Fishermen and farmers see busy roadside trade after restrictions eased
Licensed farmers and fishermen were back out selling their produce by the roadside over the weekend after Covid-19 restrictions were relaxed.
At a press conference on Friday, the Government announced changes to Covid-19 regulations that allowed farmers and fishermen to sell produce from roadside stalls.
It came after a petition was launched to change the rules and after farmers lobbied to be allowed to sell from the roadside.
Roland Hill, of J & J Produce told The Royal Gazette on Saturday: “We got up early and everything is going fine. It is business as usual but with the alphabetical system. It was a long time waiting, we had been working with government since Monday.
“They have all been working hard towards a solution – Drew Pettit [director for the Department of Environment and Natural Resources] worked really hard to make it all happen and we have to thank Carlos Amaral who is the spokesman for the Bermuda Farmers Association.
“The Government had been overwhelmed with applications for exemptions but people need to eat. I just hope this doesn’t happen again for us as licensed sellers.”
Scott Barnes, a fisherman, said on Saturday that he was glad that common sense had prevailed.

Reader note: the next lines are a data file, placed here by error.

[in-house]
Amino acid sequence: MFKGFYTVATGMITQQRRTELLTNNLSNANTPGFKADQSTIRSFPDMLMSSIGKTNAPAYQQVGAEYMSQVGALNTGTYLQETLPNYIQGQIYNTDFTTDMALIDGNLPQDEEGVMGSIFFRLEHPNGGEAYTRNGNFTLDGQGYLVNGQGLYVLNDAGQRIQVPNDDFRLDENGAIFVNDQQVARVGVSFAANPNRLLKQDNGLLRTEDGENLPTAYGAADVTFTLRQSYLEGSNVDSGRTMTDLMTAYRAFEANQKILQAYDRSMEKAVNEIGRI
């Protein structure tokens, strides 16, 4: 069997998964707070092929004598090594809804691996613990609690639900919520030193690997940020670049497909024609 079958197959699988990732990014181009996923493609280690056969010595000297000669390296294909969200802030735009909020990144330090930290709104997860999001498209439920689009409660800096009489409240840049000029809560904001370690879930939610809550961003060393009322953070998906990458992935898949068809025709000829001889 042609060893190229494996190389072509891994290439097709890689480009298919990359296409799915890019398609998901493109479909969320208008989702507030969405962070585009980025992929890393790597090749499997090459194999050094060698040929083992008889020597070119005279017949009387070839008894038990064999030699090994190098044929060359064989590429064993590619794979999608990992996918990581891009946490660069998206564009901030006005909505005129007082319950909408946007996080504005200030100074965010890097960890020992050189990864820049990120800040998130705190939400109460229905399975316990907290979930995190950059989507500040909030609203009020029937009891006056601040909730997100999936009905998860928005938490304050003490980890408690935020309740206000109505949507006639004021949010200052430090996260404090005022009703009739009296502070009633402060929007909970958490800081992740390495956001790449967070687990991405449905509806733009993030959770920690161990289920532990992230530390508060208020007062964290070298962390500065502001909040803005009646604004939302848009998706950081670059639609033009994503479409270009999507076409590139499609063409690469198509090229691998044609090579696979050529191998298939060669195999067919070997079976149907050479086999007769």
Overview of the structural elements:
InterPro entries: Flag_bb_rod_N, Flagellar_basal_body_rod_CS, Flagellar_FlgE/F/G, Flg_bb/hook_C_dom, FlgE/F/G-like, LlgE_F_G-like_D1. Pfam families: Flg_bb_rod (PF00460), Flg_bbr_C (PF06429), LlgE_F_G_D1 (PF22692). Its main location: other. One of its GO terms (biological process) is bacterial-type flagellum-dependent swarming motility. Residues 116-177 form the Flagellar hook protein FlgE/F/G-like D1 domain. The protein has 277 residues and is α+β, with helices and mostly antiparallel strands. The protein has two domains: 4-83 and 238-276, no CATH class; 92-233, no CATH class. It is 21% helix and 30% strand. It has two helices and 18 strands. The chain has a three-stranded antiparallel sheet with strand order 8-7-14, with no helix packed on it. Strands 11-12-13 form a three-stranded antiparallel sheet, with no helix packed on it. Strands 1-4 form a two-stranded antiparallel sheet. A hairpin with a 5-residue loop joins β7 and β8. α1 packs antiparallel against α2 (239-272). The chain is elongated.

He said: “They finally got it right, we have been out on Trimingham Hill since just after 9am this morning. It’s been busy all day.
“Everyone who stopped said how much they want their fish. We would have been here on Friday – that is our normal day – but at least we are here now.
“I hope the Government has learnt a lesson. Last year we never stopped – we had to change it up we had to socially distance, only serve two people at a time and use the alphabetical system and it worked.
“When we went back into lockdown this time we thought that would have been the case but they changed it up.”
Mr Barnes said while they usually only sell roadside on Fridays, he would try to get out on more days including today, to give more people a chance to buy his produce.
Prior to the announcement on Friday, Mr Barnes had said he was left frustrated by the policies which allowed him to fish, but not sell his catch.
He said that he had caught more than a thousand pounds of fish and had been concerned that he would have to “throw it overboard to feed the fish”.
Mr Barnes explained that roadside stalls were important for fishermen because it allowed them to sell types of fish that grocery stores don’t often buy.
He said: “A lot of them don’t want fish, and those that do like to buy mainly three types of fish: wahoo, tuna and rockfish.
“They are not buying a majority of what local fishermen have. Right now, that’s not really what we are catching. It’s just not what’s biting.”
The petition to allow people to buy from farm and fisherman stalls on the roadside has attracted 5,181 signatures to date.